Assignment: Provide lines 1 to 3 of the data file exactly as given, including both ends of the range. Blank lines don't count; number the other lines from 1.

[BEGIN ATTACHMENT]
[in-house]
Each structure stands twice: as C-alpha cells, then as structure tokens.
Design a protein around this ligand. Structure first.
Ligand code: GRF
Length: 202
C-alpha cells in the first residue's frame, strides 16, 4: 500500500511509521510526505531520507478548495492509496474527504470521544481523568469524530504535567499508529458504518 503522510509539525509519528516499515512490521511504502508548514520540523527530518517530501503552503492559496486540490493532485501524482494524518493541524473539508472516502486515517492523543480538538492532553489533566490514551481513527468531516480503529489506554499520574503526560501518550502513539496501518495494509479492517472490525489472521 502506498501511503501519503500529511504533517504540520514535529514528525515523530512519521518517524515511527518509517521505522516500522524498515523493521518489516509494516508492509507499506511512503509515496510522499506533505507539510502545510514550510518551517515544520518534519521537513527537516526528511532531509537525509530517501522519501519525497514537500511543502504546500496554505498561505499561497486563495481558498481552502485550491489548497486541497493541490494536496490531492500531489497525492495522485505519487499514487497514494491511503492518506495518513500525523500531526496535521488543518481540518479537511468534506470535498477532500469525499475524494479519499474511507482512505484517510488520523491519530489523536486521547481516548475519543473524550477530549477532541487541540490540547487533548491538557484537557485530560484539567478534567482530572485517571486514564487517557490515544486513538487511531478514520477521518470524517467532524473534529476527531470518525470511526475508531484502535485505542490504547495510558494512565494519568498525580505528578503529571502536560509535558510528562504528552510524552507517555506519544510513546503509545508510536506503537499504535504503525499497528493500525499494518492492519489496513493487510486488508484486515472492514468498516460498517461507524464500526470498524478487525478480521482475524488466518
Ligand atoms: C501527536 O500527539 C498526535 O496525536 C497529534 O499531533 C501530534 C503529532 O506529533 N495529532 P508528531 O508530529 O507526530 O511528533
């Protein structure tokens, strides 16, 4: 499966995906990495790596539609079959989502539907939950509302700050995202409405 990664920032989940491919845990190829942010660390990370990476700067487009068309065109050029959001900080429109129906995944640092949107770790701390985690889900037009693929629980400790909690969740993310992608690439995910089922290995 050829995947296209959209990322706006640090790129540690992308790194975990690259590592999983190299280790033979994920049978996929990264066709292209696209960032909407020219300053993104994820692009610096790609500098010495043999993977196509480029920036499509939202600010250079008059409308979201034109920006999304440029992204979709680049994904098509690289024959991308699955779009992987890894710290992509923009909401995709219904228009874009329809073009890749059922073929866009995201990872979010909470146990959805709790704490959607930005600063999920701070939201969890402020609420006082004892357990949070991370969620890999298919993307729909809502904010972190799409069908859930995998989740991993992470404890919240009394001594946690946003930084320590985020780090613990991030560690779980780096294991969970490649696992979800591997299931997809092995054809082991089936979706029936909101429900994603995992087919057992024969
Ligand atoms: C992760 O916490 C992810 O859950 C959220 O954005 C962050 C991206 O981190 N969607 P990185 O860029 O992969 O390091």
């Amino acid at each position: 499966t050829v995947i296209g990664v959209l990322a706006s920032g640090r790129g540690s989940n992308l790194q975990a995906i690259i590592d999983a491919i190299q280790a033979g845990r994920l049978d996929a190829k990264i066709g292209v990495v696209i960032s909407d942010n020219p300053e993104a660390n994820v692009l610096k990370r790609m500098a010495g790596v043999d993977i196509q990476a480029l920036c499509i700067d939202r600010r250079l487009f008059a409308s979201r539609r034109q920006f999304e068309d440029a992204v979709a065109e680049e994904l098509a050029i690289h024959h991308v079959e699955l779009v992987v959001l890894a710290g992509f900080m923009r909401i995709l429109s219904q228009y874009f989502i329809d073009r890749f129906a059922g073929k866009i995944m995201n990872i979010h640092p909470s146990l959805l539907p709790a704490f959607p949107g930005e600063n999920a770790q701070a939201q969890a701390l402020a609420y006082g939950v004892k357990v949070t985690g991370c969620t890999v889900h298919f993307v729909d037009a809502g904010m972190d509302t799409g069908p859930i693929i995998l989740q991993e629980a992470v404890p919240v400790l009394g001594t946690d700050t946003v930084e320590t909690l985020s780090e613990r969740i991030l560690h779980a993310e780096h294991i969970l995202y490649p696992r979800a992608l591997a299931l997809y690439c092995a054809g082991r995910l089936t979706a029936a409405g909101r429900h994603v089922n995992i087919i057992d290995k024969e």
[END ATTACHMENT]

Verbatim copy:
[in-house]
Each structure stands twice: as C-alpha cells, then as structure tokens.
Design a protein around this ligand. Structure first.